How to Carry a Child without Hurting Your Back
Babies and toddlers may look small, but any parent knows they can be heavy. While we’re happy to hold our children for as long as possible, there are also times that it can be physically painful or even cause long-term damage to our bodies. But there are ways to carry children that are protective to both the parent and the child, and paired with the care of a Charlotte chiropractor, it is possible to avoid injury and pain while still keeping your children close.
Why Carrying a Child Can Hurt
Any time we lift something heavy, there is a risk of injury and pain, and this is especially true when lifting children. It is common for children to be lifted up to 50 times per day, even as they grow and become heavier. Certain things can increase the risk of injuring your back – for example, lifting an infant car seat can be particularly difficult. Not only does the seat add up to 20 pounds, but they are also usually carried on one side and contribute to a significant imbalance.
It is also common for parents to hover over their baby or stoop down before lifting a baby, especially a newborn who is always on their back, which can cause back pain. And when you do pick them up, holding them in one position for a long period of time can also cause imbalances and discomfort.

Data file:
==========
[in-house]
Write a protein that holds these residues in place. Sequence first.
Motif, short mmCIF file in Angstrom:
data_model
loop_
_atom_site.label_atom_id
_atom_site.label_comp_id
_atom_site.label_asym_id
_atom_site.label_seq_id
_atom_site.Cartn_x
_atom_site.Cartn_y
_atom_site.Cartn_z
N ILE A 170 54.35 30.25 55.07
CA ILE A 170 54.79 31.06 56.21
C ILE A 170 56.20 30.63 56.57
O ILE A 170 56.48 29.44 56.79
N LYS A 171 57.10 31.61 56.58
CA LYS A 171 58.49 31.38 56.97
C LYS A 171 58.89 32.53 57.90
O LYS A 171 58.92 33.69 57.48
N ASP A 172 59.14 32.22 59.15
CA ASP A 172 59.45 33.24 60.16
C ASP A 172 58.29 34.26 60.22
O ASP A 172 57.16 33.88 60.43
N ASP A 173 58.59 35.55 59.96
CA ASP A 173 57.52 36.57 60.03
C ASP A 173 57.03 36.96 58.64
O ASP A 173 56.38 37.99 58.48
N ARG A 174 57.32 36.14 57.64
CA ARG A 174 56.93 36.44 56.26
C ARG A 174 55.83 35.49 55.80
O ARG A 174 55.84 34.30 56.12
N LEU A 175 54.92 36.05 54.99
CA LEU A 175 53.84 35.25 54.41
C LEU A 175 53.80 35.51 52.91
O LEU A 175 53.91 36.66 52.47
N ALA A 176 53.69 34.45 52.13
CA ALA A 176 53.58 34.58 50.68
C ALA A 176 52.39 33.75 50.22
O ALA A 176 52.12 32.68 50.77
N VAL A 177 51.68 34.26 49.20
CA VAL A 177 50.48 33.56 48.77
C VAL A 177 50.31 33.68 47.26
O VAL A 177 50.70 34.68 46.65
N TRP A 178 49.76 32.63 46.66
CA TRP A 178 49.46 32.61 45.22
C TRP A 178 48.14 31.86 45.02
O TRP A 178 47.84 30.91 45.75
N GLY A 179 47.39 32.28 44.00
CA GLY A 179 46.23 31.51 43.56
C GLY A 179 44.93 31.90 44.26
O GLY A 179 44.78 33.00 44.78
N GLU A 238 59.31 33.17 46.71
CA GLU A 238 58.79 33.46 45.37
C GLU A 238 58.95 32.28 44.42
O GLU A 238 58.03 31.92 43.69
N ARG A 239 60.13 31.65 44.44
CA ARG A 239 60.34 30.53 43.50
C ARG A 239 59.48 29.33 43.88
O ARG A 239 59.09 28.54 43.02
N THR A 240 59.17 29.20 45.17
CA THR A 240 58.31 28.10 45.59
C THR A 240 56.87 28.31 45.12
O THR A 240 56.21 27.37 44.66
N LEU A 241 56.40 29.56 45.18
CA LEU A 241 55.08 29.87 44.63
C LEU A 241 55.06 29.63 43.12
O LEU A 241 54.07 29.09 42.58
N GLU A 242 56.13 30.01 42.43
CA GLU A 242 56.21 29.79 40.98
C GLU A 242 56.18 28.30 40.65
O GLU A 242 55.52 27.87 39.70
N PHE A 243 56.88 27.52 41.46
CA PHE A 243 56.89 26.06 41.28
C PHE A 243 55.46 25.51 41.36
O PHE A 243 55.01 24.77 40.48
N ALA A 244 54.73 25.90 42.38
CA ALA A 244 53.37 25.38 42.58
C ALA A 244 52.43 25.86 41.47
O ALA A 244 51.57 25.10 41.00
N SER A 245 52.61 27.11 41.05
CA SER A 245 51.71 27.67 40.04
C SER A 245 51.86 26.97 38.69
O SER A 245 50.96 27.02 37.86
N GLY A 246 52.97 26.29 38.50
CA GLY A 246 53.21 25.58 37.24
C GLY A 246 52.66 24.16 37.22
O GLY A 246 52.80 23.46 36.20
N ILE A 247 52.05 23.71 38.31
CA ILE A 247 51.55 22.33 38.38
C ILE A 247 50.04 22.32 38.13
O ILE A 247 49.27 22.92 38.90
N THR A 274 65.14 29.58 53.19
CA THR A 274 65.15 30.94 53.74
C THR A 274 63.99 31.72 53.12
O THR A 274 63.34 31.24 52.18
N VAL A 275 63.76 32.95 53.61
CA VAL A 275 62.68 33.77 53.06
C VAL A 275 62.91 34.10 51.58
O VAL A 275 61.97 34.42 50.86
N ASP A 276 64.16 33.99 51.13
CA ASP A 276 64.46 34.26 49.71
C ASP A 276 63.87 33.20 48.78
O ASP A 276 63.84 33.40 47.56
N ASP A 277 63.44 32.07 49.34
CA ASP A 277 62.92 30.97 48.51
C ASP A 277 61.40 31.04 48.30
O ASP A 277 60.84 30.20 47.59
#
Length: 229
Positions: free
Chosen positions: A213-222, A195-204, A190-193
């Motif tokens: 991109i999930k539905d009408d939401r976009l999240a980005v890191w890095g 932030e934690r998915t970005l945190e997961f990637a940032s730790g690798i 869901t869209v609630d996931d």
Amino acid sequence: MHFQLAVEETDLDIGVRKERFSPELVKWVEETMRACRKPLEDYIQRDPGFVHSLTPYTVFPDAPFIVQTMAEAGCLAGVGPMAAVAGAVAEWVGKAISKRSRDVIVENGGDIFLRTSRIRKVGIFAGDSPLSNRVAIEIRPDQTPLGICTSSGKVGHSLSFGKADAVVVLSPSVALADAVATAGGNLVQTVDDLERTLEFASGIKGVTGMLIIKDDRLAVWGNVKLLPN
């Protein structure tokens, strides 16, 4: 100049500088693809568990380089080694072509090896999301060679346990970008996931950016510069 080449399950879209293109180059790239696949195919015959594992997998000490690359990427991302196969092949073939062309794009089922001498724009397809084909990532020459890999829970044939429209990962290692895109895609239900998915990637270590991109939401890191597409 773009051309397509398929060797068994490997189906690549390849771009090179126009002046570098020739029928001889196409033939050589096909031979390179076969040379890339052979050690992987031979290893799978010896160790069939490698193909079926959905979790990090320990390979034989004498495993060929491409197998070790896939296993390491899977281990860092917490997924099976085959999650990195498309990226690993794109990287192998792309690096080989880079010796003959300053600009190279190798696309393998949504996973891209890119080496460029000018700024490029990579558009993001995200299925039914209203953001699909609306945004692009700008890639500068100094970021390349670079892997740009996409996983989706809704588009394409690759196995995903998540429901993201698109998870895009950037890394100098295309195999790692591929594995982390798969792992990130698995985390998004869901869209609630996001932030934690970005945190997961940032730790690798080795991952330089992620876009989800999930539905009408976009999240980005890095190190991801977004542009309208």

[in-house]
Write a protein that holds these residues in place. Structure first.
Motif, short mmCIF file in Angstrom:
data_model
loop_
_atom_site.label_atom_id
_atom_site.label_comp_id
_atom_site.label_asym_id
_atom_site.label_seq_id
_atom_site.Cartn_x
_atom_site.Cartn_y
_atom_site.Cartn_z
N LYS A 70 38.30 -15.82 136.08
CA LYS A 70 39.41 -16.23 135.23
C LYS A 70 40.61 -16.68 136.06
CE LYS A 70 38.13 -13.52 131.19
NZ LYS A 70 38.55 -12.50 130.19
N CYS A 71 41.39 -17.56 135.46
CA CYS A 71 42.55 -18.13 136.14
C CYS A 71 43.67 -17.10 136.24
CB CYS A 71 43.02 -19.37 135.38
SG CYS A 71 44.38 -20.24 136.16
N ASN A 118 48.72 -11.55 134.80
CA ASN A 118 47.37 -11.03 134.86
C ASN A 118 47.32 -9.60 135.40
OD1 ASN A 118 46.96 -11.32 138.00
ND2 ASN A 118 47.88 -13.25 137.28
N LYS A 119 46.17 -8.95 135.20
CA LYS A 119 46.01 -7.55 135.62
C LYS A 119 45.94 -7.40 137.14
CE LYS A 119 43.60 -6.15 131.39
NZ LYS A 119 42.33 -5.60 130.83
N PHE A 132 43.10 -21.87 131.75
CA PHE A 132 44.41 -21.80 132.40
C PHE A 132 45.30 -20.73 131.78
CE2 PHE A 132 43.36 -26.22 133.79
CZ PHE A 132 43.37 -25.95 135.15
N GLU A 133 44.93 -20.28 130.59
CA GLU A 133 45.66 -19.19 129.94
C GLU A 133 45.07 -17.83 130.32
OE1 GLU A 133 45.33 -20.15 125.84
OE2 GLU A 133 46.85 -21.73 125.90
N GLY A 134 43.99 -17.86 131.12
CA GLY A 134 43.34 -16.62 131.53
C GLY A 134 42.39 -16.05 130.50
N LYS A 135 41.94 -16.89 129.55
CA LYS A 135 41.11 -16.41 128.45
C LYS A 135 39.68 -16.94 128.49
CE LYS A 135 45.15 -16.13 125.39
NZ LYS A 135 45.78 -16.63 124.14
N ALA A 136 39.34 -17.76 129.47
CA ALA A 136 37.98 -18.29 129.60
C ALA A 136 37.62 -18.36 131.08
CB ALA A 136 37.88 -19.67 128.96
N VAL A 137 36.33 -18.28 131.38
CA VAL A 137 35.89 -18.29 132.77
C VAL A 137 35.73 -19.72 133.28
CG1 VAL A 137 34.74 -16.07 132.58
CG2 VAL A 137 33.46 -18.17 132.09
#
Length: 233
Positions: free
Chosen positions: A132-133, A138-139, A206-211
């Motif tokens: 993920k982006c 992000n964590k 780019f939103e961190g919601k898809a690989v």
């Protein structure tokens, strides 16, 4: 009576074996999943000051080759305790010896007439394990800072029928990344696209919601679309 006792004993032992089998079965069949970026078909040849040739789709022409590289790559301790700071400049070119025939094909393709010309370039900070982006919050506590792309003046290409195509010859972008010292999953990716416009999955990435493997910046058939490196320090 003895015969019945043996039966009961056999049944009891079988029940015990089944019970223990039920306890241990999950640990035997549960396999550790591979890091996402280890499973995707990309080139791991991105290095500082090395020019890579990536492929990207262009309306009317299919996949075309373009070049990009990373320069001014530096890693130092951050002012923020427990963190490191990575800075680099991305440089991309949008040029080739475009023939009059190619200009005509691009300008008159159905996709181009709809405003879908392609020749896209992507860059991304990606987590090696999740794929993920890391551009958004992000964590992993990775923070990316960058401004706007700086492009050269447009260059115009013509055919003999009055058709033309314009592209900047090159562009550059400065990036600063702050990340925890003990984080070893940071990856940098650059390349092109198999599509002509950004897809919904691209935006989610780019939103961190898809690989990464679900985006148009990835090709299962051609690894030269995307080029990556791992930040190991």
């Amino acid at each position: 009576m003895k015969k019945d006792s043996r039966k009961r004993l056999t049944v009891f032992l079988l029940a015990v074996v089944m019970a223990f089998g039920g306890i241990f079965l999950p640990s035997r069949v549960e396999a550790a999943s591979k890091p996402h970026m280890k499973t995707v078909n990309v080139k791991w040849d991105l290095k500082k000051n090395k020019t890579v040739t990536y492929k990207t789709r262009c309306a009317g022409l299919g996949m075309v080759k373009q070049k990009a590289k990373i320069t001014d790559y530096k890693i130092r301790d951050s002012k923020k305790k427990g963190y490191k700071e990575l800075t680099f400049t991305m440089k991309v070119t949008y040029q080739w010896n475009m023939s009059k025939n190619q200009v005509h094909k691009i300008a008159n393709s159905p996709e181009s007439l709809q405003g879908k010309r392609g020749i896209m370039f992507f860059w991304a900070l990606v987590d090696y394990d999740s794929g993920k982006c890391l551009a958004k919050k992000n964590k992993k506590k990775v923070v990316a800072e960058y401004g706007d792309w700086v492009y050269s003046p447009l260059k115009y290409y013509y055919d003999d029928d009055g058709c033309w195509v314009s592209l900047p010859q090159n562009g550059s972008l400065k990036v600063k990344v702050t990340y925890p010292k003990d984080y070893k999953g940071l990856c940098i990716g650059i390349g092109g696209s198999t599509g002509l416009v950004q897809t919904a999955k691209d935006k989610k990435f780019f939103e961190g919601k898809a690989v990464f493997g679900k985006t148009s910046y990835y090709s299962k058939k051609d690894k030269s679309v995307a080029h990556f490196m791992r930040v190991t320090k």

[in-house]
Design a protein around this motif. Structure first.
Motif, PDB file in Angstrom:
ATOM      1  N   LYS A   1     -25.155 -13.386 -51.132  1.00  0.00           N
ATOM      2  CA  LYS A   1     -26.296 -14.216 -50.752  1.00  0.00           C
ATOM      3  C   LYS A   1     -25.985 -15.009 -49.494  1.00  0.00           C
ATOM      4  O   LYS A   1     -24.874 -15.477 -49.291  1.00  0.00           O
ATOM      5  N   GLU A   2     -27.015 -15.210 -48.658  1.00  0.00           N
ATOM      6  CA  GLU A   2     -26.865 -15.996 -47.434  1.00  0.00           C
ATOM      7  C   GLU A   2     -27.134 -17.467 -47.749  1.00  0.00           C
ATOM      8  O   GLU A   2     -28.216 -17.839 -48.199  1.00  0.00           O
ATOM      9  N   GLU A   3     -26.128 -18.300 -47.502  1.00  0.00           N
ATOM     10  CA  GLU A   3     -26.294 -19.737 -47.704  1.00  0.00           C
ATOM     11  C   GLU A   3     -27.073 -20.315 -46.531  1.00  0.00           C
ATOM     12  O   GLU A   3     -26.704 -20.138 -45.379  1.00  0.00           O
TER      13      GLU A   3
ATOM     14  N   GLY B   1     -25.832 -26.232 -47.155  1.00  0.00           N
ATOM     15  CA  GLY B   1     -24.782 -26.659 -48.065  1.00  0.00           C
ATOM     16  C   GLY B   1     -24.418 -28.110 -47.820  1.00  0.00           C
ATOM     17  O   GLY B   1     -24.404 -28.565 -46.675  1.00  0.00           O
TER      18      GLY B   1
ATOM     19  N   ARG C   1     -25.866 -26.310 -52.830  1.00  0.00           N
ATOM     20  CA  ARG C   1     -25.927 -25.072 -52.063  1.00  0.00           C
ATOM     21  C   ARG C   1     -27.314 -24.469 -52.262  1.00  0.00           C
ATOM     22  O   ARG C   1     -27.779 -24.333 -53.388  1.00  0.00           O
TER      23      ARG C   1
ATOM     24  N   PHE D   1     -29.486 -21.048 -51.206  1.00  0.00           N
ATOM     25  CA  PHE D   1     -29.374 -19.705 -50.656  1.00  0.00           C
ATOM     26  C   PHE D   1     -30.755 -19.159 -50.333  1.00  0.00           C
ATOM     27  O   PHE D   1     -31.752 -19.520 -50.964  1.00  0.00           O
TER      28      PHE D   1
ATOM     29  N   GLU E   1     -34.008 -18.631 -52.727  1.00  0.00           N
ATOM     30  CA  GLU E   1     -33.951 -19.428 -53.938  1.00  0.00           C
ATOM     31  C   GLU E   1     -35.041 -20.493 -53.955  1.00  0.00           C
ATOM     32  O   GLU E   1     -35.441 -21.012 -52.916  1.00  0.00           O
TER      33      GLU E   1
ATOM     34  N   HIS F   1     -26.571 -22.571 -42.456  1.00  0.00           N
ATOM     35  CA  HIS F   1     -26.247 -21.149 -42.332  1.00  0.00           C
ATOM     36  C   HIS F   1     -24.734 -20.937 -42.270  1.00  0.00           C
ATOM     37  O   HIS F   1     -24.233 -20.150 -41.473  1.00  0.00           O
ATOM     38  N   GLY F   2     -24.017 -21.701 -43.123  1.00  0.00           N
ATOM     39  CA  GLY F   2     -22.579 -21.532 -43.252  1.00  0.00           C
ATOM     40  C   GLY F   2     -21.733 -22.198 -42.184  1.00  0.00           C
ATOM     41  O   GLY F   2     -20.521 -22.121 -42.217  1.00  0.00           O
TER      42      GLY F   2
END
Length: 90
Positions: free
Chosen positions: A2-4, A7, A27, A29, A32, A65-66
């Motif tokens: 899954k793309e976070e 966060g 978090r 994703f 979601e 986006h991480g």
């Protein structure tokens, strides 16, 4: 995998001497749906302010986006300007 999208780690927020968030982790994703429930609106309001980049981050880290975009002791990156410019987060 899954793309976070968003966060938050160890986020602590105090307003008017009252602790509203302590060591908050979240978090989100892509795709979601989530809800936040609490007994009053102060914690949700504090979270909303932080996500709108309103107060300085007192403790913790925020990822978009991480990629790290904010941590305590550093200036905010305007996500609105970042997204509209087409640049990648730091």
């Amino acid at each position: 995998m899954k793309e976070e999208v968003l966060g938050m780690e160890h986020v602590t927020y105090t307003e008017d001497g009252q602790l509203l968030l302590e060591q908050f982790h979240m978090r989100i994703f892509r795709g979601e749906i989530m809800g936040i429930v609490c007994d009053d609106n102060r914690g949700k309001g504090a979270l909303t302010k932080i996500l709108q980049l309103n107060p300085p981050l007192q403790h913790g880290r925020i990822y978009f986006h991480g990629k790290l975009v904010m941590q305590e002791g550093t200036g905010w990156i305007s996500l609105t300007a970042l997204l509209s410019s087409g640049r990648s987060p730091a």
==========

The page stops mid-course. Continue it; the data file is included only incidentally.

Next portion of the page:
Proper Carrying Techniques
When you need to lift your child, there are a variety of techniques you can use to preserve your back. There are three key things to remember:
- Be sure that you do not bend at the waist when you reach for your child, but bend the knees and lift with your legs. This reduces strain on the back by shifting it to the legs.
- Maintaining good posture, like keeping your shoulders down and chest back, can help protect the integrity of your back. Before you stand, you should also hold the baby close to your chest and avoid twisting.
- Be sure that when you lift, your feet are hip-width apart to balance and brace the body for lifting.
You can also use alternatives when possible, like a stroller, a hip seat, or a baby carrier to take the strain off the back.
Proactively Protecting Your Back
In addition to using the proper technique for carrying a child, you can ensure that your back is strong and protected before you even lift them. Using exercises like stretching, yoga, core work, and light weightlifting can all be beneficial to your overall health as well as your back strength.
Regular chiropractic adjustments by Dr. Grant Lisetor are another great way to protect your back against any injury. When the spine is properly aligned, it is less susceptible to injury and can better sustain the pressure. The team at Greater Life Chiropractic can also suggest adjustments to your posture and carrying technique to help you carry your child for as long as possible without pain! Contact the team at Greater Life Chiropractic in Charlotte to book an appointment.
Dolan, P. Adams, M.A. “Repetitive lifting tasks fatigue the back muscles and increase the bending moment acting on the lumbar spine.” Journal of Biomechanics, 1998 Aug; 31(8): 713-21. https://pubmed.ncbi.nlm.nih.gov/9796671/
Havens, K.L., Severin, A.C., Bumpass, D.B., Mannen, E.M. “Infant carrying method impacts caregiver posture and loading during gait and item retrieval.” Gait and Posture, 2020 Jul; 80: 117-123. https://pubmed.ncbi.nlm.nih.gov/32502794/